Book Review - The New Age Rage
This article is an electronic version of an article originally published in Cultic Studies Journal, 1991, Volume 8, Number 1, pages 86. Please keep in mind that the pagination of this electronic reprint differs from that of the bound volume. This fact could affect how you enter bibliographic information in papers that you may write.
Book Review - The New Age Rage.
Karen Hoyt and the Spiritual Counterfeits Project. Fleming H. Revell Company, Old Tappan, NJ, 1987, 263 pages.
Karen Hoyt, executive director of Spiritual Counterfeits Project, a Christian nonprofit corporation, has an M.A. in clinical psychology and works as a therapist in the San Francisco Bay area. She has, along with several contributors who are extremely well-versed in the "new age movement," written a book that does an outstanding job of exploring the impact of that movement.
The New Age Rage traces the development of the various philosophies and doctrines of the new age's historical predecessors and attempts to catalogue the good (true) and the bad (false) doctrines of the "movement." Some readers might be disconcerted by the authors' listing of areas about which Christians and members of new age groups can or should be in agreement. Most readers familiar with Judeo-Christian philosophies and the processes of the East, however, know that new age groups borrow heavily from both in order to make their philosophies saleable and palatable.
Readers will find an overview of most new age groups sufficient to aid them in making knowledgeable decisions about the extent of their affiliation or lack thereof. While this reviewer is not suggesting that the authors' total answer to the new age movement is simply being "born again," the book is not replete with instruction for those adversely affected by new age groups if they are not ready to be "born again."
For the reader interested in understanding the nature and quality of the new age movement the book is almost encyclopedic. The contributors have more than done their homework and their input provides a simplified (not simplistic) overview of the how, why, and when of new age growth. Among the new age groups, there is something for every appetite: personal responsibility or lack of it; world conspiracy to explain away individual failure; reincarnation for today's failure (to have another chance in another life); spirits who guide and those who channel, and so on, ad infinitum.
Regardless of the reader's religious orientation, the book is eminently readable and well-organized. In contrast to some new age psychobabble, these authors straightforwardly analyze new age theory and beliefs and compare them to more traditional belief systems. Considering the religious orientation of the author and her contributors from the Spiritual Counterfeits Project, one might expect a lack of objectivity; however, the reader will be pleased at the almost total avoidance by the authors of partiality and/or subjectivity.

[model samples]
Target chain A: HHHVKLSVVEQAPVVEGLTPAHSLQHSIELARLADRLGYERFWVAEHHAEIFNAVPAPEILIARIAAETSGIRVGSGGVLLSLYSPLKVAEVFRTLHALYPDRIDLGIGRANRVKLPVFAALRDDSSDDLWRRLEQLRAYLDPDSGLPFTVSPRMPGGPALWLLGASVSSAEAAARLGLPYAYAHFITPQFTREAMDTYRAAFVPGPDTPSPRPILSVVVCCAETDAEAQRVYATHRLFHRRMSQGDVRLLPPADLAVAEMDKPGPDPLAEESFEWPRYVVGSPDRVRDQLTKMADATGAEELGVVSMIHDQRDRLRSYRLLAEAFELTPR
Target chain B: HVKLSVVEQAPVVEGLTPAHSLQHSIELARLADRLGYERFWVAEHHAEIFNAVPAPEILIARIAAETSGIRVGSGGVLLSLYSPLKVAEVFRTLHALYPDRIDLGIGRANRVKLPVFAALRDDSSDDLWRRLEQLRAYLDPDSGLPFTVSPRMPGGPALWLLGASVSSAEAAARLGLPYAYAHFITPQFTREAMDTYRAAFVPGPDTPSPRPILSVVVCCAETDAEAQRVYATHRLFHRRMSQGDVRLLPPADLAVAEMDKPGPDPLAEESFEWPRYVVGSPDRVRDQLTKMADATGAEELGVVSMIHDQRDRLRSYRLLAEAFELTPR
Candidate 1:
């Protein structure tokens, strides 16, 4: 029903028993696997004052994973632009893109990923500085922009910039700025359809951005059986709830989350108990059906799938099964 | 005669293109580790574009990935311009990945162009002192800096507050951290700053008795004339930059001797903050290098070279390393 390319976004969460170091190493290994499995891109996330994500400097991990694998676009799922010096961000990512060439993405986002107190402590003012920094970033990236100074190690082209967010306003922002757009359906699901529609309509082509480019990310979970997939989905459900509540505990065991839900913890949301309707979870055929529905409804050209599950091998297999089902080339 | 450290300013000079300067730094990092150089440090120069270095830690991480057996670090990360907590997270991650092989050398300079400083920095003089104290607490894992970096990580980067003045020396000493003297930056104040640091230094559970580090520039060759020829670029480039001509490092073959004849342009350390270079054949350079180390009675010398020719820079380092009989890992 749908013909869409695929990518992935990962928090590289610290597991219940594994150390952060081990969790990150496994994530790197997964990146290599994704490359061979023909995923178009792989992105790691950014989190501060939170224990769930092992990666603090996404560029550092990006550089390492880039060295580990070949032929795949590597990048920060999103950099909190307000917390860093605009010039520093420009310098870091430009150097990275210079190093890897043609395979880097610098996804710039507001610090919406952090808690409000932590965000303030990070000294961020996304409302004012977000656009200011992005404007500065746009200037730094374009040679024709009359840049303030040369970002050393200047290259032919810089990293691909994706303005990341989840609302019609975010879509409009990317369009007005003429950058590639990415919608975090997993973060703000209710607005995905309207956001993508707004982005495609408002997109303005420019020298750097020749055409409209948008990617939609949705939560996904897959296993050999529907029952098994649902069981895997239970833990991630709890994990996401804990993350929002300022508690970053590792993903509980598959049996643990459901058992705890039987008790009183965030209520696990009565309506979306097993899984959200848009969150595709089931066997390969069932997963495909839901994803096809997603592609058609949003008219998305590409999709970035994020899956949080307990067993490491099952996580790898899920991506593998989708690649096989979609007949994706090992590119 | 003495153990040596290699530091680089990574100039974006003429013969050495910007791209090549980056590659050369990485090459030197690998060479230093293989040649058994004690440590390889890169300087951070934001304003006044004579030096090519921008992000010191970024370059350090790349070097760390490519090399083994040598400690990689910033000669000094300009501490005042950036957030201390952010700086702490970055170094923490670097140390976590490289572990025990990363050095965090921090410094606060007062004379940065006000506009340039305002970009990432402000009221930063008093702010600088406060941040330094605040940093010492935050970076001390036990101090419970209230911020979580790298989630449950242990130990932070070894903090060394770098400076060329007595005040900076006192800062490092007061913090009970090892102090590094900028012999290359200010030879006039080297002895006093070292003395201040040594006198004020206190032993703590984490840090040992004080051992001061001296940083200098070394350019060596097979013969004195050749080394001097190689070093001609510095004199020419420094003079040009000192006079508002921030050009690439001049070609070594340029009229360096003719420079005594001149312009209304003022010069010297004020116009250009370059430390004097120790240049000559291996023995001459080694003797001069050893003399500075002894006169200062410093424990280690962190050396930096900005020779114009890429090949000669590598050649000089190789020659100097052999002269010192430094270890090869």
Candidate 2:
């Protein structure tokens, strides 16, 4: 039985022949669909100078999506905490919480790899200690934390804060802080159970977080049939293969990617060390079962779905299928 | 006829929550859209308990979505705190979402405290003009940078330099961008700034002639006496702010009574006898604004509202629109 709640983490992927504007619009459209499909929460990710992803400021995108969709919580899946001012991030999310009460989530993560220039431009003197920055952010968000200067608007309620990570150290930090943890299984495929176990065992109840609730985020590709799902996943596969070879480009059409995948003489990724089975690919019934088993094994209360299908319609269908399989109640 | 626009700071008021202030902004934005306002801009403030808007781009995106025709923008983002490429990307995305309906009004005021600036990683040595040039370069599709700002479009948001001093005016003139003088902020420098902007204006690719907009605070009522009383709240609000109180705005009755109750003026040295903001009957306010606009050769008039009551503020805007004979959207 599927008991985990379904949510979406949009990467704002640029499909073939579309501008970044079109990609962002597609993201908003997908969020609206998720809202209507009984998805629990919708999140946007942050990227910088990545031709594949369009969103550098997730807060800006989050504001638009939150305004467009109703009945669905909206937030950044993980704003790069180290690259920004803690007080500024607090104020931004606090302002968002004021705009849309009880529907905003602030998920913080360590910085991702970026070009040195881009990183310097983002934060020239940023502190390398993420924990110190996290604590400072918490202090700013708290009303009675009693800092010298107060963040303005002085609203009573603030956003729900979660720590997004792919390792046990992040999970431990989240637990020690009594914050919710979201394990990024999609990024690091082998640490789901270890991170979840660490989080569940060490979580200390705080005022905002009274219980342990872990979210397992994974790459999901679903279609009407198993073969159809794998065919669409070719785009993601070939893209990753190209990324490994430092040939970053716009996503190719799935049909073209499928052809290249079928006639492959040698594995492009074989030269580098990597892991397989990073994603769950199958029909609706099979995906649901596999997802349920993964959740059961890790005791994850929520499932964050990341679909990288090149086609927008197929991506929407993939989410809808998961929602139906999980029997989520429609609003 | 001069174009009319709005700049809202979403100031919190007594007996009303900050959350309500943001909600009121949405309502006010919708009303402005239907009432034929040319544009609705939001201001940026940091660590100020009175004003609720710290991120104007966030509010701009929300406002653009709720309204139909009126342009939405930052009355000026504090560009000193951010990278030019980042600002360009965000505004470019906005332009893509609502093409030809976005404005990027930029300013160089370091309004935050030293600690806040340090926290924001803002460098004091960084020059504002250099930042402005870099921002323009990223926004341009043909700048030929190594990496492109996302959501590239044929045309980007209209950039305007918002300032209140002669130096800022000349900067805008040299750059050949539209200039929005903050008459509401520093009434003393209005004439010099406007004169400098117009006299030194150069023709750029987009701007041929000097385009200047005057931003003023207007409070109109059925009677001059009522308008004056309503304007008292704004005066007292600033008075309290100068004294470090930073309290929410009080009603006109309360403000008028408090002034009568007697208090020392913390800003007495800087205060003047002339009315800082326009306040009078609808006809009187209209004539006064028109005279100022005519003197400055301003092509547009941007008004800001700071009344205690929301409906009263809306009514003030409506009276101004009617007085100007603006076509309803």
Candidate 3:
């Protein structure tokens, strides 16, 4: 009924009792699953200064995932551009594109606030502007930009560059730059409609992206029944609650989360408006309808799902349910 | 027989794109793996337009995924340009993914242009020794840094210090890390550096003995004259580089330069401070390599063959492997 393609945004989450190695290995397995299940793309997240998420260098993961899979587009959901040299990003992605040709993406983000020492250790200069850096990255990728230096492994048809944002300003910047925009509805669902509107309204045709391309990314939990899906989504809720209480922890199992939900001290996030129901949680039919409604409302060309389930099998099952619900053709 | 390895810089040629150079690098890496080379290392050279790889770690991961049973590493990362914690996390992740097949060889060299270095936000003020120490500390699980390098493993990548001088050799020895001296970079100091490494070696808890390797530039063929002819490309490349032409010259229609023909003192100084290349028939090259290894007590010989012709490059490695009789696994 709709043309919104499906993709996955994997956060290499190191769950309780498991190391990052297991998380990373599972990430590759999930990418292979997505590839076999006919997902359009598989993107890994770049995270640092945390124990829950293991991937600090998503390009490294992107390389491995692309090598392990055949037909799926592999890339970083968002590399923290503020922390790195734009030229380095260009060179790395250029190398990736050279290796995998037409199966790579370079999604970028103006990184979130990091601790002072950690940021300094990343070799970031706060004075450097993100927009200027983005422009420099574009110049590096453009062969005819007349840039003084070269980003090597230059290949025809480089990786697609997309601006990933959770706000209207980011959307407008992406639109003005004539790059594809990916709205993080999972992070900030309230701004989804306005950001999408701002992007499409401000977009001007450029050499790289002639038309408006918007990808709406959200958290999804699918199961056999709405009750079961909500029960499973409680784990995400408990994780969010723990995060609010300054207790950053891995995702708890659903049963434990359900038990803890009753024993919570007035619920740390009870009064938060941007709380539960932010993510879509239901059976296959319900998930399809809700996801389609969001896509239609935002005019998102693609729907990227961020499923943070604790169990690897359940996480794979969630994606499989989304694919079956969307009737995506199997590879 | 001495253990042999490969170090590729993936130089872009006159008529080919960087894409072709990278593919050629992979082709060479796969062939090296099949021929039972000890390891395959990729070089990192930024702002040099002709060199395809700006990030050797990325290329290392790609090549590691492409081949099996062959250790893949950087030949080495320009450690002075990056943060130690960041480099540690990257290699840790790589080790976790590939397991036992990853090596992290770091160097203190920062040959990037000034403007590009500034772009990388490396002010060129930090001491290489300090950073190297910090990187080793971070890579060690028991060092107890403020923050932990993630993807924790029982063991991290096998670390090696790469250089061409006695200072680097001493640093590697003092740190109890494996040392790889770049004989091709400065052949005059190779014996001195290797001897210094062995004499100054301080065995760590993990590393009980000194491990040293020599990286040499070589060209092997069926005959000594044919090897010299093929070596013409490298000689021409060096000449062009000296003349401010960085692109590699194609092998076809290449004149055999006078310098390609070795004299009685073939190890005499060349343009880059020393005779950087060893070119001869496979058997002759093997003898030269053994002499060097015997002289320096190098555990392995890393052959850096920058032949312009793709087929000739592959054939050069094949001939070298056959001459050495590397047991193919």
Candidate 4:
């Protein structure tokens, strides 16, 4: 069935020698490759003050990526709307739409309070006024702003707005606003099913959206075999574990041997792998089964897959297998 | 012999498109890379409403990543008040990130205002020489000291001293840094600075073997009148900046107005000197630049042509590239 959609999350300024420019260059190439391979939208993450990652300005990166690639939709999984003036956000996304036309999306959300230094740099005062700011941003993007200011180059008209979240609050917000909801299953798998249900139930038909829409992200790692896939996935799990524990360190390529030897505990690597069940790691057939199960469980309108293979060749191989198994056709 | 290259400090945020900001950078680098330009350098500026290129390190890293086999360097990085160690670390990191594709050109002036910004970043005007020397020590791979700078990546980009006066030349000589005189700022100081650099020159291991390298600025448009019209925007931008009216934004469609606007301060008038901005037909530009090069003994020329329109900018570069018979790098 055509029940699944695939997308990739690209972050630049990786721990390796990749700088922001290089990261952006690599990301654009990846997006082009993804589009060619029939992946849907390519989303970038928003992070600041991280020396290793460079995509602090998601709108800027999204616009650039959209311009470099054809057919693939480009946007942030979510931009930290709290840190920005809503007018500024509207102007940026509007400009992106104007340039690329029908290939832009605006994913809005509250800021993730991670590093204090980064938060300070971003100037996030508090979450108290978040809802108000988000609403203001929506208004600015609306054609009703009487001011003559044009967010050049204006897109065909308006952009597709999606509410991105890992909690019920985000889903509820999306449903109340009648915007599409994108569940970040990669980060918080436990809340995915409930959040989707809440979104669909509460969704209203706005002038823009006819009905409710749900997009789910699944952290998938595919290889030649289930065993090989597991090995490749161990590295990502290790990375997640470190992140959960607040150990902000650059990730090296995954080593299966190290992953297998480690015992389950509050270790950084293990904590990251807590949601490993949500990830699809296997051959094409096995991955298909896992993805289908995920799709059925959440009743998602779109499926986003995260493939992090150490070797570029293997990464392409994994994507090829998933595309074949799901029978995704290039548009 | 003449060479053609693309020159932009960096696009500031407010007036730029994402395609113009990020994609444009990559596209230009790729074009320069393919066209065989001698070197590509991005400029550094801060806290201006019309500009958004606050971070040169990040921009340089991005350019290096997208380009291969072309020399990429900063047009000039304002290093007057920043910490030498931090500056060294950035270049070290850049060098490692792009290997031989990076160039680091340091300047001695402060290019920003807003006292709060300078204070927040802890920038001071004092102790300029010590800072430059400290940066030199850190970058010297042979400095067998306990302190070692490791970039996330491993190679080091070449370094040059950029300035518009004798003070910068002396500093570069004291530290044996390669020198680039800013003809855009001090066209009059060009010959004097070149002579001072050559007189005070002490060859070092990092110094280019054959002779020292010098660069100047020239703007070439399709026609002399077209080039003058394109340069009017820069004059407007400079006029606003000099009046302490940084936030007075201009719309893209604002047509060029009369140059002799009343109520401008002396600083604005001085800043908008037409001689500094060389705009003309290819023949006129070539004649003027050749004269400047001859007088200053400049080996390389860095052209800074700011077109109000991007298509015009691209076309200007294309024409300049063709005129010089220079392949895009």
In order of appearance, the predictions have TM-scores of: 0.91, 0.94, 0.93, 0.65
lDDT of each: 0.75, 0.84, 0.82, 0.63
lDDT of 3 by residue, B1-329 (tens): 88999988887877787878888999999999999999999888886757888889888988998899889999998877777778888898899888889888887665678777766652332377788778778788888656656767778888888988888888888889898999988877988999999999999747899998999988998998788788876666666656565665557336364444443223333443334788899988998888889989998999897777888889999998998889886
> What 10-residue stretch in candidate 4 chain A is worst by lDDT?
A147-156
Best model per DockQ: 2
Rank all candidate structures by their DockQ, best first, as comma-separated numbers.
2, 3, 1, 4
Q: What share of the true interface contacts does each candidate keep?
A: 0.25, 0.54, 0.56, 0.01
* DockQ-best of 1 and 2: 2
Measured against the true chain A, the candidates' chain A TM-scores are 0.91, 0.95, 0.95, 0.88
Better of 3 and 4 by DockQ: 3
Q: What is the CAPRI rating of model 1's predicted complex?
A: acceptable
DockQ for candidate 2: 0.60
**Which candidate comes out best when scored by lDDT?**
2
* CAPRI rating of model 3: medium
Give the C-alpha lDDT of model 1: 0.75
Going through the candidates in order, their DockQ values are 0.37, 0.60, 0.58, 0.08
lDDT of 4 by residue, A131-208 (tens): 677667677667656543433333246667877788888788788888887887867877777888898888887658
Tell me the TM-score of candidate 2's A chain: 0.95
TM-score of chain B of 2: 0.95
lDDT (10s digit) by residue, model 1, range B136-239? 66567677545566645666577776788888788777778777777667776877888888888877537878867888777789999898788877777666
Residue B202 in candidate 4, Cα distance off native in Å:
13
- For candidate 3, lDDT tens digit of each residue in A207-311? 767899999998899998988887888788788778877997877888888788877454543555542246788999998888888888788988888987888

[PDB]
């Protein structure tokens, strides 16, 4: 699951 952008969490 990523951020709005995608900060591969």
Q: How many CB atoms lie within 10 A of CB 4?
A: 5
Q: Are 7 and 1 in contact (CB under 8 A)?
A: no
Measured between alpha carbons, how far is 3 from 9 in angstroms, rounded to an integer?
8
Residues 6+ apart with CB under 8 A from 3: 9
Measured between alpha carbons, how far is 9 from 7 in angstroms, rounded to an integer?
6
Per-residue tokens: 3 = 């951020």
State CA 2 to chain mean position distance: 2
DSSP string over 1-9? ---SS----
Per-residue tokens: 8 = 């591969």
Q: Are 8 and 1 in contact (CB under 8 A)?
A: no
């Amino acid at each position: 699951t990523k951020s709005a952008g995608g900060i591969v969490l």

The authors are astute enough to point out that in most new age activities there is some good to be gained, while participants must maintain their vigilance and decide for themselves the extent of affiliation.
It is possible that the authors make the new age movement's philosophies seem too benign and harmless. The unspoken suggestion is that affiliation with a new age group can be voided or reversed by a little contact with the teachings of Jesus or some "born again" contact. While not every book should include a chapter on the logical nexus between involvement in the new age movement and the transition to cultic groups and the problems to be encountered there, this particular book might be enhanced by such a chapter. Just as some "social" drug users venture a step too far, so do some new-age-movement dabblers.
Finally, the book reads well. And, with a little work on your part, you can become the center of attention if you memorize and then mention the founder of each "movement" when the subject comes up, as it invariably does, at weekend cocktail parties. Most important, the book is informative.
Lawrence Levy, Esq.
Sherman Oaks, California
Cultic Studies Journal, Vol. 8, No. 1, 1991